After we learned about the reaper-binder equipment and process, our tour continue at the threshing. We came upon the field and saw the men working. They were tossing sheaves onto a belt. The sheaves went into the machine. Oats come out one shoot and straw came out the other.
When we first arrived, the thresher was being powered by this old steam tractor with really long belts. It was very cool to see.
But, the steam engine wasn’t able to move the belt fast enough to make the thresher work correctly.
They cleaned out the machine a couple of times.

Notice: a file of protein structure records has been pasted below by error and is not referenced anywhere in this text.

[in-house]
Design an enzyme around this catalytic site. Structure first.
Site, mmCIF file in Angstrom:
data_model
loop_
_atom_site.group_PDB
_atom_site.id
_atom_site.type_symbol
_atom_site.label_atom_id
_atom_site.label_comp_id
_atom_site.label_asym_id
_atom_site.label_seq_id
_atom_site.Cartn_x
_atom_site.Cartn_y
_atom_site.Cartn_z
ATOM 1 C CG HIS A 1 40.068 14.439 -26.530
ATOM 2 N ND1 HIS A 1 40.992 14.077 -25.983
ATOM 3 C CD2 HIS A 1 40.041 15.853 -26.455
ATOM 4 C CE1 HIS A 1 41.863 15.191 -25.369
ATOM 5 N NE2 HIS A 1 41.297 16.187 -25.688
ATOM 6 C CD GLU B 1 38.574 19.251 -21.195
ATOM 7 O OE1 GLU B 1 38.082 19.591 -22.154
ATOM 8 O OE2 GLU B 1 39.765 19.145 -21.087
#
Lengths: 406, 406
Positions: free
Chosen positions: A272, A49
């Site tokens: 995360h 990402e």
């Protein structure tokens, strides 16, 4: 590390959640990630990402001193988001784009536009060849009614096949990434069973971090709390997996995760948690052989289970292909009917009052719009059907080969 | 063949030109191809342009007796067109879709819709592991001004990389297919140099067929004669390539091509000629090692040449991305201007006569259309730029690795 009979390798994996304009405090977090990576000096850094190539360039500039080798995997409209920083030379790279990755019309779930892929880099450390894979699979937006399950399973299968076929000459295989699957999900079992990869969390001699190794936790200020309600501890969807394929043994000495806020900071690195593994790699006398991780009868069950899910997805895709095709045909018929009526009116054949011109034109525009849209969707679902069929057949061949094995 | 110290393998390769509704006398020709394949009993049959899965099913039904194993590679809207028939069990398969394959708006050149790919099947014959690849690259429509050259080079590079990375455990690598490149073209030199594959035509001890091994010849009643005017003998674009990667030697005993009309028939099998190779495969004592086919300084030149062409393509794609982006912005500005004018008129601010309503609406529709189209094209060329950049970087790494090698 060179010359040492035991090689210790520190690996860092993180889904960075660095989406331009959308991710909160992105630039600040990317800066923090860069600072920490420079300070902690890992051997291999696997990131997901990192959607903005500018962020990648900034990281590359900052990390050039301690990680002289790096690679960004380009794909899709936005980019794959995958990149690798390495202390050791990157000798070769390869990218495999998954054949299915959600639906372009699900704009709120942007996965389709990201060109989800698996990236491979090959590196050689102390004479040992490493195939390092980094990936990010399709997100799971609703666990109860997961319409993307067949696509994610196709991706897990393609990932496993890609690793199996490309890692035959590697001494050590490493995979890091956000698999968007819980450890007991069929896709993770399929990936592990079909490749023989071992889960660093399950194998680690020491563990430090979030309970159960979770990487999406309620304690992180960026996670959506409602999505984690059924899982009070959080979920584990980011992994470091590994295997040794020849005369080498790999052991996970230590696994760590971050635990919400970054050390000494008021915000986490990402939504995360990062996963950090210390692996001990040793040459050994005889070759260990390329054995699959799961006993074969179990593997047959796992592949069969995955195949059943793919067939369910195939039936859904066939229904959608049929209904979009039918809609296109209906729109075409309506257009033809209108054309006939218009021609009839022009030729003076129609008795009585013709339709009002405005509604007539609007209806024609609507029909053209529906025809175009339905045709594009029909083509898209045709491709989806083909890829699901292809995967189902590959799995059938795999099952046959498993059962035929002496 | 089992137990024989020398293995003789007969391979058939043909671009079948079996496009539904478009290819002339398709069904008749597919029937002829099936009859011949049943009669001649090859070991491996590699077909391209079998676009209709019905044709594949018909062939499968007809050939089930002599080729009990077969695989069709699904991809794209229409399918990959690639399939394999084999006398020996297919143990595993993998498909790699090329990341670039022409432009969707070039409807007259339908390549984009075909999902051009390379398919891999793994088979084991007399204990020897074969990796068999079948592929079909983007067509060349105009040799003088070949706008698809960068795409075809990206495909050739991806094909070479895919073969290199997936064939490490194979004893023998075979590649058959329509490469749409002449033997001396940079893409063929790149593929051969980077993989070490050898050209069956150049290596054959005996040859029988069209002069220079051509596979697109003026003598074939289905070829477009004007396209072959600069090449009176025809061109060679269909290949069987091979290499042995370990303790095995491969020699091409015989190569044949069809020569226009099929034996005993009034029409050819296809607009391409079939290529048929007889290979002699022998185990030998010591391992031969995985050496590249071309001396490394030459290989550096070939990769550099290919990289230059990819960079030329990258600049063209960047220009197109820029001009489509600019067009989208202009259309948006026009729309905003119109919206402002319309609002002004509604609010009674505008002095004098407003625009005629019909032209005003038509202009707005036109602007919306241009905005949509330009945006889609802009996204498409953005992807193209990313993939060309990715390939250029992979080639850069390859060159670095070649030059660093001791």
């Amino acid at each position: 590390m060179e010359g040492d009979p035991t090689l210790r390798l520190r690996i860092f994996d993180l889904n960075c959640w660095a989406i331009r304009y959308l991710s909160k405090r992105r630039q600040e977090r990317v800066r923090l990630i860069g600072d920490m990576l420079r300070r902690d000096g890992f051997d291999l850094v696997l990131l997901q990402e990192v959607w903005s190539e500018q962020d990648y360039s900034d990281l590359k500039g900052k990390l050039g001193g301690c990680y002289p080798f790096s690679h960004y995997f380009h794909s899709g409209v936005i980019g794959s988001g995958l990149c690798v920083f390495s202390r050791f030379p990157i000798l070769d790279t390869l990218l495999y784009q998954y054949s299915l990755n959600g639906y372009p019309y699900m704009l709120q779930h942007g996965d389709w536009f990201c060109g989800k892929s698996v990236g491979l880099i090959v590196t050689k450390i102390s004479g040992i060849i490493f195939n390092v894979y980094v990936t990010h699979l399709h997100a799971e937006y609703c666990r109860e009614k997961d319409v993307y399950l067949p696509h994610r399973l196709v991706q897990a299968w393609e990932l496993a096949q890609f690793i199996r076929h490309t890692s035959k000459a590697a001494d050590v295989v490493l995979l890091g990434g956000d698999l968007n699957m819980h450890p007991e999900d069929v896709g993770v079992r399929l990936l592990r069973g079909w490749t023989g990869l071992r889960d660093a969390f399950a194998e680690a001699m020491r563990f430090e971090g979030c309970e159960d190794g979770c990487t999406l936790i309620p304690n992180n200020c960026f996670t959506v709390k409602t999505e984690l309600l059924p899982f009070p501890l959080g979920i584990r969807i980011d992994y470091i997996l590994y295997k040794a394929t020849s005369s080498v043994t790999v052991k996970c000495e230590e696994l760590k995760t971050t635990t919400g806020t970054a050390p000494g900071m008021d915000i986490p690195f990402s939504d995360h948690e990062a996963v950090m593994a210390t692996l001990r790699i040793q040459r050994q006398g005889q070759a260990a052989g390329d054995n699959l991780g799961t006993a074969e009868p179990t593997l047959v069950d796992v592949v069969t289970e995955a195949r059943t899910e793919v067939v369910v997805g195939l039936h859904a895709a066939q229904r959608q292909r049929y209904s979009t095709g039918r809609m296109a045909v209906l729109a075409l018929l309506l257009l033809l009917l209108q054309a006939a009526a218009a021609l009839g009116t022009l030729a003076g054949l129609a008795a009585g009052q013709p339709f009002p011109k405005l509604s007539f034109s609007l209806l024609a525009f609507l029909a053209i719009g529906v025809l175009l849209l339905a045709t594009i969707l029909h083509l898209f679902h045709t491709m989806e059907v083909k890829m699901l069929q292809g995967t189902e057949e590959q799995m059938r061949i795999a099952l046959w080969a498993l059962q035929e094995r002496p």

Eventually, they hooked up this 1930’s gas powered Huber tractor.
Our wait while they were fixing the thresher made Sally really tired. She relaxed with Stephen and eventually napped on my shoulder. She was really sound asleep despite the noise from the threshing. She was even snoring.
After sitting on the wagon for about an hour and a half, we headed into the barn for an awesome Amish style meal. We were served family style. The menu consisted of chicken, mashed potatoes, stuffing, green beans, pie and ice cream. The meal was prepared by the Amish women and used many ingredients from the farm. Our day continued with workshops. I’ll be back tomorrow to tell you about them.